“The Laws of Gods and Men”
May 11, 2014
“We prefer the stories they tell. More plain, less open to interpretation.”
This is why the Iron Bank of Braavos prefers numbers.
They’re strange, in this way: whereas the other groups who jostle for power in Westeros (and across the Narrow Sea) are interested in histories and lineages, the Iron Bank is only concerned with numbers. It’s why they’re unmoved by Stannis’ claim to the throne by blood, and why they’re won over by Davos’ claim that Stannis is the closest Westeros has to a stable ruler should Tywin Lannister meet his end.
Interpretation is at the heart of law, of course, and of the men and women who enact it. Although the majority of the episode is taken up by an actual trial, the storylines that precede it show the reverberations of other forms of justice, in which similarly cruel acts are taken for fundamentally different reasons.
The question becomes whether history will interpret them differently.
“First Of His Name”
May 4th, 2014
“I need to be more than that.”
There’s two characters that this week’s episode title refers to, even if only one is made explicit.
“First Of His Name” directly refers to Tommen, who is indeed the first King by that name to rule over Westeros. Tommen doesn’t actually do much in the hour, though, his fate a topic of conversation for those around him more than something he gets to decide on his own. Whether in Margaery’s conversation with her grandmother last week, or Margaery’s oh-so calculated performance with Cersei this week, or Cersei’s careful conversation with her father, Tommen’s future is very much a matter of procedure.
By comparison, however, Petyr Baelish makes his own procedure. There is no coronation for “Littlefinger,” as he operates in the slimy underbelly of the political underworld (yes, underworlds have underbellies). He comes from no strong lineage, with no family to support him or noble deeds to give him claim to glory, and so he has had to toil for everything he’s ever earned. He is the first of his name in a different way, in that he is the first member of his family to be Machiavellian enough to angle his way into a position of power, providing the foundation for a legacy of his own moving forward.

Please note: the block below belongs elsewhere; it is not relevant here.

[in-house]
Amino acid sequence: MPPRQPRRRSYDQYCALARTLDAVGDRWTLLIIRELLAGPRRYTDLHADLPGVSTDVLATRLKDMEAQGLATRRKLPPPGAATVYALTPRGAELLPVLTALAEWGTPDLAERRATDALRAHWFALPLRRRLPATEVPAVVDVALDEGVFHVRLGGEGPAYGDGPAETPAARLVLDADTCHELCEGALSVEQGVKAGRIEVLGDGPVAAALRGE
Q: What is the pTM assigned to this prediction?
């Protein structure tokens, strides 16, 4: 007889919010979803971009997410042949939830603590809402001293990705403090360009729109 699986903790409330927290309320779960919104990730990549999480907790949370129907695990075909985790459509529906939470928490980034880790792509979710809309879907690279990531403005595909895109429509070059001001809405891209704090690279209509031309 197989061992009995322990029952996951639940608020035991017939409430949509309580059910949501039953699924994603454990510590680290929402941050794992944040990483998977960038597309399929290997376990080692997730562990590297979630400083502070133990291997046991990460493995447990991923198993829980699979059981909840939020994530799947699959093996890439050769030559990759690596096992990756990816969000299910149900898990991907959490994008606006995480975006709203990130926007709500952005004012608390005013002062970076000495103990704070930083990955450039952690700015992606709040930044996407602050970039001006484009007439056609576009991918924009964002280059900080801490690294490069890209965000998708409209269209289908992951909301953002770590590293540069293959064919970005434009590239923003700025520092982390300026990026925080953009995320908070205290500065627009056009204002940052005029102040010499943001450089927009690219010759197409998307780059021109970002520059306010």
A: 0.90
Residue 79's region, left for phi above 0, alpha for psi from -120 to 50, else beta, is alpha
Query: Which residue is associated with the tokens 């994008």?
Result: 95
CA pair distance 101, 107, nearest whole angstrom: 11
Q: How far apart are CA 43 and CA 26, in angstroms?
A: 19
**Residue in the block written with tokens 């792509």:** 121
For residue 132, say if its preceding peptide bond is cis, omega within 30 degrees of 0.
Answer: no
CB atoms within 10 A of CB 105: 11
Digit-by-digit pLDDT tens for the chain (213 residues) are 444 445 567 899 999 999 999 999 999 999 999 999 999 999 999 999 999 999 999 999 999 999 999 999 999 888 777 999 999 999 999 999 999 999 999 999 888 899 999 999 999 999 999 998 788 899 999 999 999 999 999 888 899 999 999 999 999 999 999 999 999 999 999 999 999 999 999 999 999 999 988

This balance between the self-made Littlefinger and the anointed Tommen sits on the periphery of an episode that functions as a highly logical mid-point of the season. And yet their respective paths are placed as guideposts for other characters who are faced with decisions that could lead them down one path or the other, depending on the choices they make in a moment of transition.
April 27th, 2014
“You want to fight pretty, or do you want to win?”
Later this evening, a feature will go live at The A.V. Club that focuses on some of the changes between A Song of Ice and Fire and Game of Thrones. [Edit: You can find said piece here.] When completing my own contributions to this feature, my interest was less in discussing whether or not the changes involved were good or bad, but rather to consider how the logistics of making a television series necessitated certain changes that had a clear effect on how this story is being told.
It’s fitting that it’s emerging on a night when there’s plenty more to add to the list. “Oathkeeper” is written by Bryan Cogman, who of the show’s writers had the most to live up to when it comes to the text of the original novels. Now a co-producer on the series, Cogman has been the person in the writers’ room with the closest relationships to the books and their lore, and has been the most active of the show’s writers in engaging with the series’ rabid fanbase. Although he never outright swore an oath to fans of the books regarding keeping their spirit intact, he’s been the most directly tied to fan communities, drawing both praise and anger in equal measure as the two narratives play out.
I say “two narratives” because I think it’s necessary at this stage in the game. Ultimately, I feel safe in saying that A Song of Ice and Fire and Game of Thrones are telling the same story, but they’re following two different narrative paths to get there, as evidenced by an episode that does a lot of labor in the interest of condensing a sprawling narrative into something more manageable for a television series. The result at times feels like pieces on a chessboard being awkwardly pushed together in ways that break the rules, but they’re rules only some of the show’s audience will even know exist, and rules that—unlike oaths—are made to be broken in the interest of a new set of rules that have developed over the course of this new narrative.